Last year I was given the amazing opportunity to speak about Autism and resilience at the TEDx Canberra conference. At the after party I met a journalist who was covering the TEDx conference for the local paper. She asked me what I had spoken about. I responded ‘Autism and resilience’. The journalist made incredulous noises about how this was impossible and sidled off. Needless to say, there was no Jeanette article in the paper the next day!
The reason I spoke about Autism and resilience for TEDx Canberra was mostly due to a young man I met a while back. This man was 21 and had a diagnosis of Asperger Syndrome. He was evidently highly intelligent and perceptive but had finished school at age 15 because he ‘didn’t like it’. Fair enough, but he had no intention of completing his studies. He spent his days in his bedroom at his parents’ house, playing computer games. He had never driven a car or ridden the bus, so by a process of deduction, he had obviously been driven everywhere by family members. He seemed to think that employment was something that happened to other people and that he would never get a job. He was a lovely, thoughtful man but I worried that he would never gain an education or join the workforce and that this would be a huge waste of talent for the world, not to mention having a significant impact on the young man himself.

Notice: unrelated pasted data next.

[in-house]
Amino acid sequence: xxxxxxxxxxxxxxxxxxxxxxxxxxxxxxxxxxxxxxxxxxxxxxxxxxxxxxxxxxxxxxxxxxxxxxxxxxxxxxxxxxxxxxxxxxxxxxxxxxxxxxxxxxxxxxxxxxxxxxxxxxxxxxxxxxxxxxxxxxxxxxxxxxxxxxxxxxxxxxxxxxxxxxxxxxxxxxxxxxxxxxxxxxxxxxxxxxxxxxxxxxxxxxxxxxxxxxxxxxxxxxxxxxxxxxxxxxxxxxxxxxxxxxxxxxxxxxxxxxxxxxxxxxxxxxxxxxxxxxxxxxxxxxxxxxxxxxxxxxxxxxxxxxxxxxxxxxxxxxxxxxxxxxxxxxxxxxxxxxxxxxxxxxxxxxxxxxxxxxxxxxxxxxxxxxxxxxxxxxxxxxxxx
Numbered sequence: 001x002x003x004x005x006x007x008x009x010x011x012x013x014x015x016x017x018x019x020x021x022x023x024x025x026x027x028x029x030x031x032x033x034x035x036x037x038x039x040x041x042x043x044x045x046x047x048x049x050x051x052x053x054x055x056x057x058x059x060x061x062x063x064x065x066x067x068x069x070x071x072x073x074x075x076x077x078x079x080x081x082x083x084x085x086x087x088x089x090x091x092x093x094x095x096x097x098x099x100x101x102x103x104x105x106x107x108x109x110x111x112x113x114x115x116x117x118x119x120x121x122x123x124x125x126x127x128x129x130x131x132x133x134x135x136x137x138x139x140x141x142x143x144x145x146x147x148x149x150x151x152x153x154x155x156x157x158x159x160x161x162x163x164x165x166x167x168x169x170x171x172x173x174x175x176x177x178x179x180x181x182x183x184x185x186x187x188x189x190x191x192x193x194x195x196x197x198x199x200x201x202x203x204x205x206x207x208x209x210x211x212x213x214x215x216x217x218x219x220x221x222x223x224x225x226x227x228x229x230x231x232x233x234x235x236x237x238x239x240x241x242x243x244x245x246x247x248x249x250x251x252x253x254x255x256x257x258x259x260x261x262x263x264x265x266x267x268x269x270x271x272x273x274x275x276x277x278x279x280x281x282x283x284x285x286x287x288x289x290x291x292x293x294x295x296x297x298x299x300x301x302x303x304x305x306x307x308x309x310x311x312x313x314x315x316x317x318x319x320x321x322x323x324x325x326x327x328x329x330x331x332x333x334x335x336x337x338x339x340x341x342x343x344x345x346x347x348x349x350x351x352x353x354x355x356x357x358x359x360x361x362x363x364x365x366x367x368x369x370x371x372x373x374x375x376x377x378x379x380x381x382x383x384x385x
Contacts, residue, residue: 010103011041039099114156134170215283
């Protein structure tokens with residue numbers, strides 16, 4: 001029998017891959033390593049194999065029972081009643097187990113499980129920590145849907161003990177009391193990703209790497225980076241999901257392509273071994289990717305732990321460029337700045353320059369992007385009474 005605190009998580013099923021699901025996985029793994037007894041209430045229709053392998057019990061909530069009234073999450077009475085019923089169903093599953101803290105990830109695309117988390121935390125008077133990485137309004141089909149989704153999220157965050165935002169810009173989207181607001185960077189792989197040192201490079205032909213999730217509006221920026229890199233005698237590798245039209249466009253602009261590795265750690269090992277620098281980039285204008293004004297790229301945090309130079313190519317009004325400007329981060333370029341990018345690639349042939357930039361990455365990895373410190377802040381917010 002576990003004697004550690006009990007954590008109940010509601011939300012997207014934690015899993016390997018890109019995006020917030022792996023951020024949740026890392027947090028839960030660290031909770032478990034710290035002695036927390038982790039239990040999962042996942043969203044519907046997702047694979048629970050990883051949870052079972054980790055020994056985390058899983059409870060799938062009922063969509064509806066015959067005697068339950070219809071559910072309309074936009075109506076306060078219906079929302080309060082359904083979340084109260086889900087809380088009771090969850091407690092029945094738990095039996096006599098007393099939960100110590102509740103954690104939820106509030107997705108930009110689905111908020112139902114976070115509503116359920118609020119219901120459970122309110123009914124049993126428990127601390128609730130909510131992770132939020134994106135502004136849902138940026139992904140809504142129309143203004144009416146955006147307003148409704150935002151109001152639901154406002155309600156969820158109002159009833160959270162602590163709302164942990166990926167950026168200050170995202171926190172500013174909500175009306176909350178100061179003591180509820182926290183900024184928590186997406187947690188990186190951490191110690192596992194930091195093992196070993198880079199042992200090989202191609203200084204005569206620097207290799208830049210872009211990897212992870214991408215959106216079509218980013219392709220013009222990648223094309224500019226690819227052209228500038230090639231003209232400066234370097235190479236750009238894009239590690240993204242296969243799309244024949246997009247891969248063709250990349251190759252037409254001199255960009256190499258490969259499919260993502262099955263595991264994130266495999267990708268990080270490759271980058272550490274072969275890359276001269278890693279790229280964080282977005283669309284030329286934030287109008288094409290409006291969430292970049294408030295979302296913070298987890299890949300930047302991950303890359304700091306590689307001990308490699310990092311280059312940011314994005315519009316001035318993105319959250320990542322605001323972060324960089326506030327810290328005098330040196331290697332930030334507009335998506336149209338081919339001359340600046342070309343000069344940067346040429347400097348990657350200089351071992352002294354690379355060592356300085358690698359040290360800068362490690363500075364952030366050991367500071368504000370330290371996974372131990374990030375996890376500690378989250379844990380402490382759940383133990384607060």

I thought about this man a lot over the coming months and contrasted his teenage experience to my own. I had no diagnosis until I was twenty and indeed, none existed before then. Consequently there was no learning support, teachers’ aides or specialist Autism programs at school. I was bullied, I was miserable and no-one helped. I was told by teachers that ‘bullying strengthens character’. I somehow finished school with a very high score for Year 12 but the whole experience left me damaged and filled with self-hatred. As an adult, I longed to have had an Autism diagnoses earlier then I did. But when I looked at the young man who had become ‘disabled’ by apparently having been shielded from most challenges, I could see that maybe it wasn’t as clear cut as that.
I said in my talk for TEDx Canberra that we need to diagnose kids early but that parents and schools need to build in some controlled minor ‘difficulties’ or challenges to help them build resilience, confidence and mastery. Here’s the TEDx talk if you want to watch it:
I think we need to approach a diagnosis in a young child as a first step to putting them on the path of building their confidence and resilience. So we don’t want people to have my experience where they get no help and end up hating themselves and we don’t really want the situation the young man I mentioned had where he seemed to have been shielded from everything remotely difficult and as such will have struggles engaging in the world. We want awareness of Autism and its challenges with a good dollop of resilience and mastery thrown in. There, that’s probably what I should have said to the journalist…
Jeanette at TEDx Canberra 2103